The scale of the ongoing tragedy visited on
Earlier this year, in-fighting resulted in 147 killed in Southern Libya in a single week and in recent weeks government buildings, including the Prime Ministerial compound, have come under fire by “rebels” demanding cash payment for their services—$1.4 billion has been paid out already, demonstrating again that it was the forces of NATO colonialism, not Gaddafi, who were reliant on “mercenaries.” Payments were suspended last month due to widespread nepotism.
Corruption is becoming endemic. Another $2.5 billion in oil revenues that were supposed to have been transferred to the National Treasury remain unaccounted for. Libyan resources are now being jointly plundered by oil multinationals and a handful of chosen families from among the country’s new elites—a classic neo-colonial stick-up. The use of these resources for giant infrastructure projects, such as the
But woe betide anyone who mentions that now. It was decided long ago that no supporters of Gaddafi would be allowed to stand in the upcoming elections. Recent changes have gone even further. Law 37, passed by the new NATO-imposed government recently, has created a new crime of “glorifying” the former government or its leader, subject to a maximum sentence of life imprisonment. Would this include a passing comment that things were better under Gaddafi? The law is cleverly vague enough to be open to interpretation.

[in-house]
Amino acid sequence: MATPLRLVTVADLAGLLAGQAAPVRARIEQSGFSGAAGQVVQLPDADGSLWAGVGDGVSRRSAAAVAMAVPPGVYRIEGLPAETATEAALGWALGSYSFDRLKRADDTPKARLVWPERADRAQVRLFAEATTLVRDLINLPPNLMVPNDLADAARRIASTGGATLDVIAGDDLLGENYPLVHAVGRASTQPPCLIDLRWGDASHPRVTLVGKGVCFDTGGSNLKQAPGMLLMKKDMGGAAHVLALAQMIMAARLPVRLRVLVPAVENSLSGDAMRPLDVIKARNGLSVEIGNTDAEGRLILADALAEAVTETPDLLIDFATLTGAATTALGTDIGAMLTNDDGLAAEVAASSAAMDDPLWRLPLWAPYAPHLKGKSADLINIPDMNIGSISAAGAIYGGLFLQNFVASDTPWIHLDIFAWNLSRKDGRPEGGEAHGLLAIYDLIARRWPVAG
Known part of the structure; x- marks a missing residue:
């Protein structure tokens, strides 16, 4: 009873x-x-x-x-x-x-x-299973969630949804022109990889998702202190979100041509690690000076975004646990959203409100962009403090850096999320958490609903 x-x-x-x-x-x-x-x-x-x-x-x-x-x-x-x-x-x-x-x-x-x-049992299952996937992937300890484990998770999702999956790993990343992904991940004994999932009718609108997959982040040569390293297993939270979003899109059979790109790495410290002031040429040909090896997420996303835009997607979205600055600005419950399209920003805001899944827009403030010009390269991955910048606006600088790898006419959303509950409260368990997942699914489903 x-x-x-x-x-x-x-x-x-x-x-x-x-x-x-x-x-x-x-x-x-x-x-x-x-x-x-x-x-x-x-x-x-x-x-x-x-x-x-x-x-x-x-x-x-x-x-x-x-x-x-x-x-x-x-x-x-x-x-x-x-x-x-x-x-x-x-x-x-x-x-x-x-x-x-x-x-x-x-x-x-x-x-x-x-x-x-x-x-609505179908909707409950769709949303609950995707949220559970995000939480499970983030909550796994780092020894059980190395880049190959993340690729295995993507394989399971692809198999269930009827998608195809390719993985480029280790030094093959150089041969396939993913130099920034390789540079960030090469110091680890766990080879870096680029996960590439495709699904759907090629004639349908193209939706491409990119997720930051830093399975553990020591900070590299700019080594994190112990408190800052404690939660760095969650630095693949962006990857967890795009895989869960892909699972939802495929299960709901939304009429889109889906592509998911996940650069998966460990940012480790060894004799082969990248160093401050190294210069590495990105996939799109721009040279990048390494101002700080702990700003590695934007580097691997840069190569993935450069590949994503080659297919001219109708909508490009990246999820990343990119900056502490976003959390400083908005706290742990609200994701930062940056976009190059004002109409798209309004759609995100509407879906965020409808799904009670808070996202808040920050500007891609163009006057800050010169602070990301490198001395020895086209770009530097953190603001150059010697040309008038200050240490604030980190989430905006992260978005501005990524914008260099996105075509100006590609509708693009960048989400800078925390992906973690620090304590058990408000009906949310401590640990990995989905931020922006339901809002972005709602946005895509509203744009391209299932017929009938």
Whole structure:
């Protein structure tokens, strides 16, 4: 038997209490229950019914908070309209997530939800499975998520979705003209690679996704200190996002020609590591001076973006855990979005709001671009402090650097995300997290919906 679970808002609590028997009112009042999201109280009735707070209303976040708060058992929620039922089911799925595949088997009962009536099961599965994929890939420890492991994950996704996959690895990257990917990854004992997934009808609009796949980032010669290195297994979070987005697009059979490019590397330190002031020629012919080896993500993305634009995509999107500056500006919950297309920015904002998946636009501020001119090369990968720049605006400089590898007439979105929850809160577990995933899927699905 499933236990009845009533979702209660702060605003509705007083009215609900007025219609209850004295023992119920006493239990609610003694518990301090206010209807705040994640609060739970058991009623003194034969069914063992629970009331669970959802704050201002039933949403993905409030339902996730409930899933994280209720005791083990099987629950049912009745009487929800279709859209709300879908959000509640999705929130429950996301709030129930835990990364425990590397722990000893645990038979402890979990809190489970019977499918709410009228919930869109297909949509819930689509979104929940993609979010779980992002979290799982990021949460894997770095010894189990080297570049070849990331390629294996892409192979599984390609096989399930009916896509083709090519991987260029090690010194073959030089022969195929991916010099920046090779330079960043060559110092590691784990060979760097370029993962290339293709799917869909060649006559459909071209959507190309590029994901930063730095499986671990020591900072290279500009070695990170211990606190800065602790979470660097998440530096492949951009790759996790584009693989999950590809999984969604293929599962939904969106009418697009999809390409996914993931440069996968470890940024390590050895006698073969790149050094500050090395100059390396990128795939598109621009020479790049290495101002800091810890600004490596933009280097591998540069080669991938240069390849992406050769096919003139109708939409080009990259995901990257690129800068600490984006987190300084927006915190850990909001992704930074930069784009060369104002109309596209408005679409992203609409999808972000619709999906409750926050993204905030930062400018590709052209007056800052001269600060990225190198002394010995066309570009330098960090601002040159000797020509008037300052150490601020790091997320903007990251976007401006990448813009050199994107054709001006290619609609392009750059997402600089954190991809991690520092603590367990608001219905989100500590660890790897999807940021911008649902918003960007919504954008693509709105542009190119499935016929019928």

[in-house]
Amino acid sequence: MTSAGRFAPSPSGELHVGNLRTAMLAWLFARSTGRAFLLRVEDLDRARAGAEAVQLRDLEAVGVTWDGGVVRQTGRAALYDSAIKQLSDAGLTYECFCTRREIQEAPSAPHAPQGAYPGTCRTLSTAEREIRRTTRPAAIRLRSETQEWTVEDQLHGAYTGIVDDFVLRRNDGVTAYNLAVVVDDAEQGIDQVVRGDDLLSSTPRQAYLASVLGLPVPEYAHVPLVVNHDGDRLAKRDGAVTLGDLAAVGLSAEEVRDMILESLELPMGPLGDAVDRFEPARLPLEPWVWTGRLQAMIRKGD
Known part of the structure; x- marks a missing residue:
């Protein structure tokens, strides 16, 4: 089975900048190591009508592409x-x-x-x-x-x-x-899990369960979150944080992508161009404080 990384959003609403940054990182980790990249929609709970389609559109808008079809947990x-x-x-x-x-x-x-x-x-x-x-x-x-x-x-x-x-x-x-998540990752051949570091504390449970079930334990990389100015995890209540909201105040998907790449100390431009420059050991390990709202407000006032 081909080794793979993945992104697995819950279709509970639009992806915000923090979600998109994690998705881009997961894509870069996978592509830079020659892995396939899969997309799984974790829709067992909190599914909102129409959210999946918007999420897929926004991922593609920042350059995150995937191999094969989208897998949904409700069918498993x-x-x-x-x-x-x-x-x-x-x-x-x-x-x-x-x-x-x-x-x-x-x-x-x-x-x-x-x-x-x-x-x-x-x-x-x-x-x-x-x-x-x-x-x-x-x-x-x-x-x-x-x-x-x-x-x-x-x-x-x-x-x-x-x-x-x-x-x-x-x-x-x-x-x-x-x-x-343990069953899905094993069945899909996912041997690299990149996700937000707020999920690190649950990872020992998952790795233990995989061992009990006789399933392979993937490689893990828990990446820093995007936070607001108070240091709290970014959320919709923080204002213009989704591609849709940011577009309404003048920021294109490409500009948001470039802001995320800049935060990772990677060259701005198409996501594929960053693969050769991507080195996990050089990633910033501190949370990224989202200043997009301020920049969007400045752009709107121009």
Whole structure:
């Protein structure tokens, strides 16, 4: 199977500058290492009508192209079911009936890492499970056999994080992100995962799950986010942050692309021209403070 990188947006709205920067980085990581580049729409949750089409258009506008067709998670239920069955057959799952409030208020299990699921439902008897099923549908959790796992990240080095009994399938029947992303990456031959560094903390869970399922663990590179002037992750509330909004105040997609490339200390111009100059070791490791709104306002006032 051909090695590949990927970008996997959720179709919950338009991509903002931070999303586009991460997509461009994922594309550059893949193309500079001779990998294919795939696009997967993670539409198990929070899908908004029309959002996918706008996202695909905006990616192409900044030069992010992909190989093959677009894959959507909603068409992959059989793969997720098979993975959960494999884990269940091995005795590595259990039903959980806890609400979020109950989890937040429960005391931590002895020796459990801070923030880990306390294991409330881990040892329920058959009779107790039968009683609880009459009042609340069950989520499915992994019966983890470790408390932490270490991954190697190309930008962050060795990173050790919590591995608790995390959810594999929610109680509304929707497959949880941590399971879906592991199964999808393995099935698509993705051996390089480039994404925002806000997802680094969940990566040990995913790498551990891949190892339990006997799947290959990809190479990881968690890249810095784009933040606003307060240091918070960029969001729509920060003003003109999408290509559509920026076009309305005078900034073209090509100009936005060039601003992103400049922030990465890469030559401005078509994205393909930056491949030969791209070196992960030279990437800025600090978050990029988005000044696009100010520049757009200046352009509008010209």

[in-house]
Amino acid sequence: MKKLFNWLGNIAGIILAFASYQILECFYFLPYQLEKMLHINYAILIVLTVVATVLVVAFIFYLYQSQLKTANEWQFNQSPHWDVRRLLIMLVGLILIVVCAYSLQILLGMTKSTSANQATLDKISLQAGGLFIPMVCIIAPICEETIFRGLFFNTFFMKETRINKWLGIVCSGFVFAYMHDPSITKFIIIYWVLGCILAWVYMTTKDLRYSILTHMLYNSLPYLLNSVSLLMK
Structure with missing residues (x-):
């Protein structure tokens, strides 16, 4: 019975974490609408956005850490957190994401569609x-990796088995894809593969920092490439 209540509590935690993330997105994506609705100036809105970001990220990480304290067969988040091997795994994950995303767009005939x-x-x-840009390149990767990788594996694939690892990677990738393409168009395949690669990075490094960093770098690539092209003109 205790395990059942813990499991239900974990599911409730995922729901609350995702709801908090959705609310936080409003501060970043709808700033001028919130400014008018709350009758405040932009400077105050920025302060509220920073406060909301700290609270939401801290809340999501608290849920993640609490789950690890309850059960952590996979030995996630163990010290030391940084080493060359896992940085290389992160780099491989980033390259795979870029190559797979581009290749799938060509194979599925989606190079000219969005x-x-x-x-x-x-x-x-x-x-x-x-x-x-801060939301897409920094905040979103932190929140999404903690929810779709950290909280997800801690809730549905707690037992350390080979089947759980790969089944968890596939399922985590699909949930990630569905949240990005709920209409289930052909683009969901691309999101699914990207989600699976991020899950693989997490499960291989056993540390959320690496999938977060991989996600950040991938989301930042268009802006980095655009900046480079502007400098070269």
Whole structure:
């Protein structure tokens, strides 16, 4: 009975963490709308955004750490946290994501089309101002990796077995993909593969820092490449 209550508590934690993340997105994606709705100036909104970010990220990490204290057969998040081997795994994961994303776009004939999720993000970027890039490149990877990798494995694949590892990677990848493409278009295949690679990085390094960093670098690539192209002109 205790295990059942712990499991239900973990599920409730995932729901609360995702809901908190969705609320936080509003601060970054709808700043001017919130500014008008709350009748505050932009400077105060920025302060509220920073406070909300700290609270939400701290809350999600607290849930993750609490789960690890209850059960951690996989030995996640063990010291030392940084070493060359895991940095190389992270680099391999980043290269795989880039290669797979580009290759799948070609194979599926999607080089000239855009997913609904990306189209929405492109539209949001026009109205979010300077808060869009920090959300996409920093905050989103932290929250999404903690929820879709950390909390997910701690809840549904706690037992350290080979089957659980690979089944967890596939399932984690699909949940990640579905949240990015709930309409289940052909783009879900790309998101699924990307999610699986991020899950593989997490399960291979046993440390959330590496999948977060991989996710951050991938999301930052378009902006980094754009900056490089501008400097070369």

Law 38 is more indicative of the contempt for the rule of law by the new government—a government, remember, which has yet to receive any semblance of a popular mandate and whose only power base remains the colonial armed forces. This law guarantees immunity from prosecution for anyone who committed crimes aimed at “promoting or protecting the revolution.” Those responsible for the ethnic cleansing of Tawergha—such as Misrata’s self-proclaimed “brigade for the purging of black skins”—can continue to hunt down that cities’ refugees in the full knowledge that they have the new law on their side. Those responsible for the massacres in Sirte and elsewhere have nothing to fear. Those involved in the torture of detainees can continue without repercussions as long as it is aimed at “protecting the revolution,” i.e., maintaining a NATO-TNC dictatorship.
Nor has the disaster remained a national one.
Most worrying for the African continent, however, is the forward march of AFRICOM—the
None of this would have been possible while Gaddafi was still in power. As founder of the African Union, its biggest donor, and its one-time elected chair, he wielded serious influence on the continent. He offered cash and investments to African governments who rejected
Now that he is gone, AFRICOM is stepping up its work. The invasions of
Dan Glazebrook writes for the Morning Star newspaper and is one of the coordinators for the British branch of the International Union of Parliamentarians for